I used to stay at Andheri then. It was divided, like most of the western Mumbai suburbs, in two halves, Andheri West and Andheri East, separated by Western Railway rail lines that ran in the middle. Western part of Andheri was more uptown or elite than eastern part with better shops, housing, and roads. The two halves were isolated from each other, as there was no road over bridges across the rail tracks that would connect them. Only bridge that connected these two halves was the pedestrian railway crossing bridge built by railways, mentioned above. This meant that only bona fide passengers of Western Railway could use this bridge and general public was not allowed on it. For everyone else, going from one half to other half was a nightmarish experience  as only way was through  crowded  railway level crossings some distance away to north and south of Andheri station.

I did not find this obstacle much bothersome as I used to have a Railway season ticket or pass and could use the bridge, whenever I desired, which in reality meant at least twice every day, as I stayed in western half, but by workplace was in the eastern half. However, whenever I was accompanied by my wife, we could not use this bridge unless we bought a platform ticket for her.

This situation changed to some extent when two road- over bridges were built across rail tracks around 1980. The bridge on the south of the station was named as G.K.Gokhale Bridge, which connected CD Burfiwala Road with Prof. NS Phadke Marg. This bridge is around half a Kilometer to south of Andheri station and is not of much use to commuters, because it is about half kilometer away to south of Andheri station and people even today do not find it convenient to walk all the way to GK Gokhale bridge,  just to cross rail lines. 
A Bridge Too Far is a 1977 epic war film based on the 1974 book of the same name by Cornelius Ryan. The film tells the story of a failed operation of World War II, intended to allow the Allies to break through German lines and seize several bridges in the occupied Netherlands, including one at Arnhem. Two divisions of US paratroopers, the 82nd and 101st Airborne, are responsible for securing the road and bridges. A British division, flying in gliders, is expected to land near Arnhem and hold both sides of the bridge there backed by a brigade of Polish paratroopers. The airborne troops catch the Germans by surprise and there is little resistance. Germans however, destroy the Son Bridge just before the 101st Airborne secures it. Later in a dangerous daylight river crossing in flimsy canvas-and-wood assault boats, soldiers of the 82nd Airborne Division capture the Nijmegen Bridge. However, no reinforcement or support could reach the isolated British paratroops as the Germans close in on the occupying part of Arnhem at the bridge. After days of house-to-house fighting, the outgunned British troops are captured or forced to withdraw. The film ends with a British General saying, “Well, as you know, I've always thought that we tried to go a bridge too far."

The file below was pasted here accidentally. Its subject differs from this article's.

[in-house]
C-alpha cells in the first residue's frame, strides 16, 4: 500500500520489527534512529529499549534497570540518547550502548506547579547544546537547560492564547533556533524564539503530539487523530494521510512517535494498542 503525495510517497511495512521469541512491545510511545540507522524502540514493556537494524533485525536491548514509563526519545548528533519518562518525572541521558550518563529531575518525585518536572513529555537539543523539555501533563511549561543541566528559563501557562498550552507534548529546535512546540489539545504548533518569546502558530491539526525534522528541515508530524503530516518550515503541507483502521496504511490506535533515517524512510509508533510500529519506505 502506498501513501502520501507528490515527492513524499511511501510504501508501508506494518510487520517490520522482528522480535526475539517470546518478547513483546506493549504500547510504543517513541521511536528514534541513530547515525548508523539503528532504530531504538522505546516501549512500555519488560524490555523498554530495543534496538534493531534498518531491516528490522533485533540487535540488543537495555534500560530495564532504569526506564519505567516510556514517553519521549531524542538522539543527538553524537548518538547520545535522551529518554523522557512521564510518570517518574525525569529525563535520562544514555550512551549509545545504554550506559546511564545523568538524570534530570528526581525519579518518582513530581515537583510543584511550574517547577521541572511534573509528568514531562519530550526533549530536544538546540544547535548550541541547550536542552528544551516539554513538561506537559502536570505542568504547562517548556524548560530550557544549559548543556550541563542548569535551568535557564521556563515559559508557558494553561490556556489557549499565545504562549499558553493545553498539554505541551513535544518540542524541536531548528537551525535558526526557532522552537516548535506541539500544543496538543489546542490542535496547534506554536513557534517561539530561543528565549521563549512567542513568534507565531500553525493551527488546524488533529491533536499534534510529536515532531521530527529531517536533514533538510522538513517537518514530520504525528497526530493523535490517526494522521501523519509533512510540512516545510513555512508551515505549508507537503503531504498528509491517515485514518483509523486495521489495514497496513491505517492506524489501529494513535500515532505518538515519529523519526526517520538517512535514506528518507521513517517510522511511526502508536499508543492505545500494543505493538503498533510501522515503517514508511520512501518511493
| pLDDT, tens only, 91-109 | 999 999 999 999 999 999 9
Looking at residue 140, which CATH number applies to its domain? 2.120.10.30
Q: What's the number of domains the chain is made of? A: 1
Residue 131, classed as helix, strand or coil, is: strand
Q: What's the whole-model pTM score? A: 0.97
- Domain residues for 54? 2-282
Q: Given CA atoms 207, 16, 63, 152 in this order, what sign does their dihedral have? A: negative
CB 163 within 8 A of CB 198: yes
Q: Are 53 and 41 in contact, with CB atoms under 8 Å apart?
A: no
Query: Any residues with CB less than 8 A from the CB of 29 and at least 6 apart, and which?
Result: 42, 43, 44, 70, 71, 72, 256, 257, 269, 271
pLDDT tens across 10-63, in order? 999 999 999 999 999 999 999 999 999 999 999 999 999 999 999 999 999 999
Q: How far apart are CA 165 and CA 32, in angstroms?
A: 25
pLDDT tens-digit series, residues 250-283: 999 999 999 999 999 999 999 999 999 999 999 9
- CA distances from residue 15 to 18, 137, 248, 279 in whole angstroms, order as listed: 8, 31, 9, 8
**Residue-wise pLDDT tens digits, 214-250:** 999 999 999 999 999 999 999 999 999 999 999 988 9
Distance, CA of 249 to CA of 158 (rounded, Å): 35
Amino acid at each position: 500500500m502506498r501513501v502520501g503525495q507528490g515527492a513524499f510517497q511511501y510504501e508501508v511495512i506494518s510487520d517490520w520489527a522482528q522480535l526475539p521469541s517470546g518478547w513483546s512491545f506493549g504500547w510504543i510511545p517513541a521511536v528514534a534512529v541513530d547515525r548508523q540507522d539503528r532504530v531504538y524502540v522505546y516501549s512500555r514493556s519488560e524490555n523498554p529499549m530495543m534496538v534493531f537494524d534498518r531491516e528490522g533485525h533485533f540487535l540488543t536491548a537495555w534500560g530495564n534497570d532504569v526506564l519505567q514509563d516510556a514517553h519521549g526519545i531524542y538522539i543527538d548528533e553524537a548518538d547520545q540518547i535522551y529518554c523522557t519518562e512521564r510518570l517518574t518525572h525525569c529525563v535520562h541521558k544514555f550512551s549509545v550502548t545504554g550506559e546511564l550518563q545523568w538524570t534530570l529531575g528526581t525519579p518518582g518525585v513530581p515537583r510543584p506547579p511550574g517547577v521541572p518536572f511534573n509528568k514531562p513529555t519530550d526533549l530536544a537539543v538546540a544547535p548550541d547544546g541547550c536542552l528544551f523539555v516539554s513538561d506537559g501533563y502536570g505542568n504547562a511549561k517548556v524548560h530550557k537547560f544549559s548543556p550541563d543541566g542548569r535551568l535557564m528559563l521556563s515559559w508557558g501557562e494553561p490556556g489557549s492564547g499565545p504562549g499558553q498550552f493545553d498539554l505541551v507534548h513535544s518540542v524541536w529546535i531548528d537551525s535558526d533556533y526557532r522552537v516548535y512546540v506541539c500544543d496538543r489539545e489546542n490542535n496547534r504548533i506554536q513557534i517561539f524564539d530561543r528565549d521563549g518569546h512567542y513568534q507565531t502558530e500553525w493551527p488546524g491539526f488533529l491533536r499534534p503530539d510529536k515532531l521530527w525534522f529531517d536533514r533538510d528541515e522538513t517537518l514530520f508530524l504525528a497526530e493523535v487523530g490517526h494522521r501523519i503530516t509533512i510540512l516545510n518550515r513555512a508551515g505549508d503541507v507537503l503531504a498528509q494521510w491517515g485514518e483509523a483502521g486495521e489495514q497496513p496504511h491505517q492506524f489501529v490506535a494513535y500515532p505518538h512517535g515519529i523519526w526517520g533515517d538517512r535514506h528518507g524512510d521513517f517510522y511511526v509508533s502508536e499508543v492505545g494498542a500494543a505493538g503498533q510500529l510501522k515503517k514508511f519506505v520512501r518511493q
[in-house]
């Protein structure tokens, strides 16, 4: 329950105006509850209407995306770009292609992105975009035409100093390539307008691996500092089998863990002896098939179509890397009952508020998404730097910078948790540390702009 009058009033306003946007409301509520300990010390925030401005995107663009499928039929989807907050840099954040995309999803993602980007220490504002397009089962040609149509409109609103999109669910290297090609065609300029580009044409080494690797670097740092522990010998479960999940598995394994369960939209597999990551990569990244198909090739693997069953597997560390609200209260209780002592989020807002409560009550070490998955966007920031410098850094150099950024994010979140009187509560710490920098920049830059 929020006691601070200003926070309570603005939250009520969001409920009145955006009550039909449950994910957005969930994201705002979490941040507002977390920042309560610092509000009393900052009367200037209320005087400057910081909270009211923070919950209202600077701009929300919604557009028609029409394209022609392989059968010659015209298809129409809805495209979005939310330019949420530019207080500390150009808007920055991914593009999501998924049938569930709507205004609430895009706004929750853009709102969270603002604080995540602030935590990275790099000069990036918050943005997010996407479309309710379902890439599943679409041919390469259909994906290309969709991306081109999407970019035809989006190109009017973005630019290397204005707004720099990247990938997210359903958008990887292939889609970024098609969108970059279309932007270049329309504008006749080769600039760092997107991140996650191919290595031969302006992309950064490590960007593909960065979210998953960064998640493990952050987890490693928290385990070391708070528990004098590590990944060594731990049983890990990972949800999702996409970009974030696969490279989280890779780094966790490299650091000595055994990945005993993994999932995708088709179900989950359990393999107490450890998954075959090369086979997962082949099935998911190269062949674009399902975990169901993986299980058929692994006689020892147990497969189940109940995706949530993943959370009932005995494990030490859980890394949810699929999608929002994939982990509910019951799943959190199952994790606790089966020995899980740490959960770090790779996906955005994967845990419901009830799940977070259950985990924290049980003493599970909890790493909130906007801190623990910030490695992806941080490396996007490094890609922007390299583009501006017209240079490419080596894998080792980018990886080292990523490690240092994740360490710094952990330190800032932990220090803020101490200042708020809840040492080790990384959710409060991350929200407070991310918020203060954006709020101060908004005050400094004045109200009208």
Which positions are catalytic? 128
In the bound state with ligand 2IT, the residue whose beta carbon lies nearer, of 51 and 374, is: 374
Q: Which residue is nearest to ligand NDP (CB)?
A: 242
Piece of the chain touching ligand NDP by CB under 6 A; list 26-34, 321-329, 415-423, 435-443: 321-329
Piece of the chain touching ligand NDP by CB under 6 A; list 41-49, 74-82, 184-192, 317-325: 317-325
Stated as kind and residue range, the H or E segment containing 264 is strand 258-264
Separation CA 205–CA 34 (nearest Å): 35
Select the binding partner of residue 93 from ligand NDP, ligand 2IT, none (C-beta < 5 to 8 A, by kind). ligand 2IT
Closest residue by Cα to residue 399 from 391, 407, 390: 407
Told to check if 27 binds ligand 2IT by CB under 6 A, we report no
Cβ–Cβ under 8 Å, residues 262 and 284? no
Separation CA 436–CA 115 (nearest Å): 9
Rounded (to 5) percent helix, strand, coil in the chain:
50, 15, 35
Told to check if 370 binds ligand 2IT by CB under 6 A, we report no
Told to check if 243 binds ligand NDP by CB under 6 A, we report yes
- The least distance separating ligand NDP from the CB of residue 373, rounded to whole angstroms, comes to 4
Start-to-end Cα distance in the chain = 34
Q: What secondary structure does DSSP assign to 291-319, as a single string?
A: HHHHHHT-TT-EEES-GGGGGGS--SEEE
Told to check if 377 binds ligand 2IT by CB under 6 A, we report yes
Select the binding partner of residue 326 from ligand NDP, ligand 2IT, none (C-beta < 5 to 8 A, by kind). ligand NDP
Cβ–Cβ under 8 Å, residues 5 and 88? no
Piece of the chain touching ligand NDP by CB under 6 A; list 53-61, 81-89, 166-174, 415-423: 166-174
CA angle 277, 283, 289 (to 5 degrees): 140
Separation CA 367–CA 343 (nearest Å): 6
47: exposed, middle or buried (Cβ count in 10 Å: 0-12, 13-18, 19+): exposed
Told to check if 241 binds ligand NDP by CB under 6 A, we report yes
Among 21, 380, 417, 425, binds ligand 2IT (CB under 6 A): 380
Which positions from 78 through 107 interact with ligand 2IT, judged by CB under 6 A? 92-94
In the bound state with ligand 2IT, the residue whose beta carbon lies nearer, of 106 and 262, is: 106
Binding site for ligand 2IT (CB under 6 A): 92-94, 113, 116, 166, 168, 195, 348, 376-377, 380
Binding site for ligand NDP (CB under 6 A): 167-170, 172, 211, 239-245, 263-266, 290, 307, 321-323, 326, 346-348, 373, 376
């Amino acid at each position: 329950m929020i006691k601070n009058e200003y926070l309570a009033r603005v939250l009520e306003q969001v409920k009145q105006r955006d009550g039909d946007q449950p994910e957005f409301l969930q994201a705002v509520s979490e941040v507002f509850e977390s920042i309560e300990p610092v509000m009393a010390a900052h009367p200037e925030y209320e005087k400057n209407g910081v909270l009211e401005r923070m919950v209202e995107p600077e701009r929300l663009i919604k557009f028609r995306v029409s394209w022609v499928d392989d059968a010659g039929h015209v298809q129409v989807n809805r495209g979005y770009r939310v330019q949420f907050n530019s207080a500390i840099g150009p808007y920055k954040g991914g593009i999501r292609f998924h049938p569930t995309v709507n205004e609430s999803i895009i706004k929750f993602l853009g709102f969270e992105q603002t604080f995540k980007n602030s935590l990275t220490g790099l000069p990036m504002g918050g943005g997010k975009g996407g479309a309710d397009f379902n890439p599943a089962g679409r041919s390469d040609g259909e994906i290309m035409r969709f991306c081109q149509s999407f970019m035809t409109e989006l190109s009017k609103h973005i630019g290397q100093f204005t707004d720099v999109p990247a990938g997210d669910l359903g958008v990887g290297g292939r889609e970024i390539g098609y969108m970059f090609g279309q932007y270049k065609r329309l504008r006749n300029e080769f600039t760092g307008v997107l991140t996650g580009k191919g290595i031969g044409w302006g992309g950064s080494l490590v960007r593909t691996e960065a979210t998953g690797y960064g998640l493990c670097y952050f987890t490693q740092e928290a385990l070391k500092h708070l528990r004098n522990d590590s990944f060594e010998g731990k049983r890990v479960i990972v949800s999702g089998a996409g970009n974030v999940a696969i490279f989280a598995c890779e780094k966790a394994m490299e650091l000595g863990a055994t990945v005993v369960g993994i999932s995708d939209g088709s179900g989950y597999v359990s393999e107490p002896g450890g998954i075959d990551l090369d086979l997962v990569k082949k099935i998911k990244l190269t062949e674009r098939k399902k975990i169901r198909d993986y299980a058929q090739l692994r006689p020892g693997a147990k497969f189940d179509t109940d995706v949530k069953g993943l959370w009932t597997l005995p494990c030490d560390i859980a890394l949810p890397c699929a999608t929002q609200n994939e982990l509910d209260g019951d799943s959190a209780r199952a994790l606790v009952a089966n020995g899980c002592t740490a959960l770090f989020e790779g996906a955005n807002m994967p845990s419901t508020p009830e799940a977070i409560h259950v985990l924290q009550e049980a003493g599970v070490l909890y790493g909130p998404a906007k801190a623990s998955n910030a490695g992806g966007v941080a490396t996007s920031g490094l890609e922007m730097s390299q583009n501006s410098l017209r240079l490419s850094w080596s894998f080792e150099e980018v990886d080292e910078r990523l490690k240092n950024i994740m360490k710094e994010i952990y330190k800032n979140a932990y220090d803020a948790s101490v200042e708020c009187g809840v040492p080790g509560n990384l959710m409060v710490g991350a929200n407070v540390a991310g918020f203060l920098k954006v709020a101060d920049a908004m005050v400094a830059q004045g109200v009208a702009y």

When I saw this movie, I was somehow reminded of Andheri Bridge, which I crossed in the past at least twice every working day. There was really no connection between them, but somehow the association got fixed in my find and I always called the Andheri railway station bridge as the ‘Bridge too far’.

After yesterday’s mishap, I first thought that my ‘Bridge too far’ had collapsed. However after finding out that it is not this bridge but GK Gokhale bridge, I felt relieved in a small way as I knew that since pedestrian extension of GK Gokhale bridge has collapsed, there cannot be much loss of life as this bridge was sparingly  used by pedestrians.  I am glad that my feelings have come true.

5 July 2018

Tuesday, July 3, 2018

Happy Days debate

It all started about four years back, when during election campaigns, one of the political parties in India, promised that if it is elected to power, people of the country would be able to see and enjoy happy days, which have eluded them ever since independence. It so happened that eventually people elected this party to power and ever since a debate has been raging on media, social or otherwise, whether this party has fulfilled its promise or has failed the people.

In India, we have a Government that works at three levels. At the top is the federal Government. Then we have the state Government and finally the local Government. The responsibilities of all three have been well defined by the constitution of India. It so happens that the same party is in power at all three levels, naturally by people’s wishes. This would mean that this ruling party cannot point fingers at others for non-cooperating, and has to accept final responsibility in all cases.